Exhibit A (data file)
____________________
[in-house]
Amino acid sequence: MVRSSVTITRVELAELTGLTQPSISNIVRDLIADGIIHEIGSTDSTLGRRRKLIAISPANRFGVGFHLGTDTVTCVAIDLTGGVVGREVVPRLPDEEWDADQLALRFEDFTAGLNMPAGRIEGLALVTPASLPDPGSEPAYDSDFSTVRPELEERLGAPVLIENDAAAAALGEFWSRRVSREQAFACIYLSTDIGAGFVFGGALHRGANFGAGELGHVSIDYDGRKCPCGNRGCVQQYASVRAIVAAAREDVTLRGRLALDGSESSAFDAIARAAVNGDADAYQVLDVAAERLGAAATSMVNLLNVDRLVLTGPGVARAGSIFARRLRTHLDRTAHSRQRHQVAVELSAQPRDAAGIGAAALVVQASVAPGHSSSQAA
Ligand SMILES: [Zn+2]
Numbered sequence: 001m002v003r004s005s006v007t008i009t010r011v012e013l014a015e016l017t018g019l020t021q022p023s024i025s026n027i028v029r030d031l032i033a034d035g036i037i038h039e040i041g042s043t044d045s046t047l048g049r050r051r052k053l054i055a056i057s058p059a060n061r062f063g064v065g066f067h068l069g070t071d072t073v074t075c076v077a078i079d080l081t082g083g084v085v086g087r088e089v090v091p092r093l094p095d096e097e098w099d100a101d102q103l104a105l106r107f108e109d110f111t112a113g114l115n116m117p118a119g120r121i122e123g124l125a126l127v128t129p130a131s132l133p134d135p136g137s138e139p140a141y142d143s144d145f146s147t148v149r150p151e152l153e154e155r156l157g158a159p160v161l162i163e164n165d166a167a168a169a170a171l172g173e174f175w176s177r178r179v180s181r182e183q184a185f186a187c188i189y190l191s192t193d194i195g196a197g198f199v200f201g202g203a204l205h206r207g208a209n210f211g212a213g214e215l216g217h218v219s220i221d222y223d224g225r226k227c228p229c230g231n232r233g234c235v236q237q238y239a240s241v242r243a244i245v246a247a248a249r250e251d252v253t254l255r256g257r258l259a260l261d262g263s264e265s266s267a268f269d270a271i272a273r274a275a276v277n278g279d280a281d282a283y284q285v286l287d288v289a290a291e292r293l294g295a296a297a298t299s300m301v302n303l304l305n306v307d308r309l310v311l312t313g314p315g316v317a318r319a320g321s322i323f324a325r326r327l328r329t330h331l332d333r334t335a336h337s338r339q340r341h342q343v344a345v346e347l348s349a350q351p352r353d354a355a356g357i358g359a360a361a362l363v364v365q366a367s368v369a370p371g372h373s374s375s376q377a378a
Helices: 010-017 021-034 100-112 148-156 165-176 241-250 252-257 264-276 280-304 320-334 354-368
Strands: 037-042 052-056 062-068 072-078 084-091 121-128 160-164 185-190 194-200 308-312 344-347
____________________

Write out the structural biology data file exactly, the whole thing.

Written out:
[in-house]
Amino acid sequence: MVRSSVTITRVELAELTGLTQPSISNIVRDLIADGIIHEIGSTDSTLGRRRKLIAISPANRFGVGFHLGTDTVTCVAIDLTGGVVGREVVPRLPDEEWDADQLALRFEDFTAGLNMPAGRIEGLALVTPASLPDPGSEPAYDSDFSTVRPELEERLGAPVLIENDAAAAALGEFWSRRVSREQAFACIYLSTDIGAGFVFGGALHRGANFGAGELGHVSIDYDGRKCPCGNRGCVQQYASVRAIVAAAREDVTLRGRLALDGSESSAFDAIARAAVNGDADAYQVLDVAAERLGAAATSMVNLLNVDRLVLTGPGVARAGSIFARRLRTHLDRTAHSRQRHQVAVELSAQPRDAAGIGAAALVVQASVAPGHSSSQAA
Ligand SMILES: [Zn+2]
Numbered sequence: 001m002v003r004s005s006v007t008i009t010r011v012e013l014a015e016l017t018g019l020t021q022p023s024i025s026n027i028v029r030d031l032i033a034d035g036i037i038h039e040i041g042s043t044d045s046t047l048g049r050r051r052k053l054i055a056i057s058p059a060n061r062f063g064v065g066f067h068l069g070t071d072t073v074t075c076v077a078i079d080l081t082g083g084v085v086g087r088e089v090v091p092r093l094p095d096e097e098w099d100a101d102q103l104a105l106r107f108e109d110f111t112a113g114l115n116m117p118a119g120r121i122e123g124l125a126l127v128t129p130a131s132l133p134d135p136g137s138e139p140a141y142d143s144d145f146s147t148v149r150p151e152l153e154e155r156l157g158a159p160v161l162i163e164n165d166a167a168a169a170a171l172g173e174f175w176s177r178r179v180s181r182e183q184a185f186a187c188i189y190l191s192t193d194i195g196a197g198f199v200f201g202g203a204l205h206r207g208a209n210f211g212a213g214e215l216g217h218v219s220i221d222y223d224g225r226k227c228p229c230g231n232r233g234c235v236q237q238y239a240s241v242r243a244i245v246a247a248a249r250e251d252v253t254l255r256g257r258l259a260l261d262g263s264e265s266s267a268f269d270a271i272a273r274a275a276v277n278g279d280a281d282a283y284q285v286l287d288v289a290a291e292r293l294g295a296a297a298t299s300m301v302n303l304l305n306v307d308r309l310v311l312t313g314p315g316v317a318r319a320g321s322i323f324a325r326r327l328r329t330h331l332d333r334t335a336h337s338r339q340r341h342q343v344a345v346e347l348s349a350q351p352r353d354a355a356g357i358g359a360a361a362l363v364v365q366a367s368v369a370p371g372h373s374s375s376q377a378a
Helices: 010-017 021-034 100-112 148-156 165-176 241-250 252-257 264-276 280-304 320-334 354-368
Strands: 037-042 052-056 062-068 072-078 084-091 121-128 160-164 185-190 194-200 308-312 344-347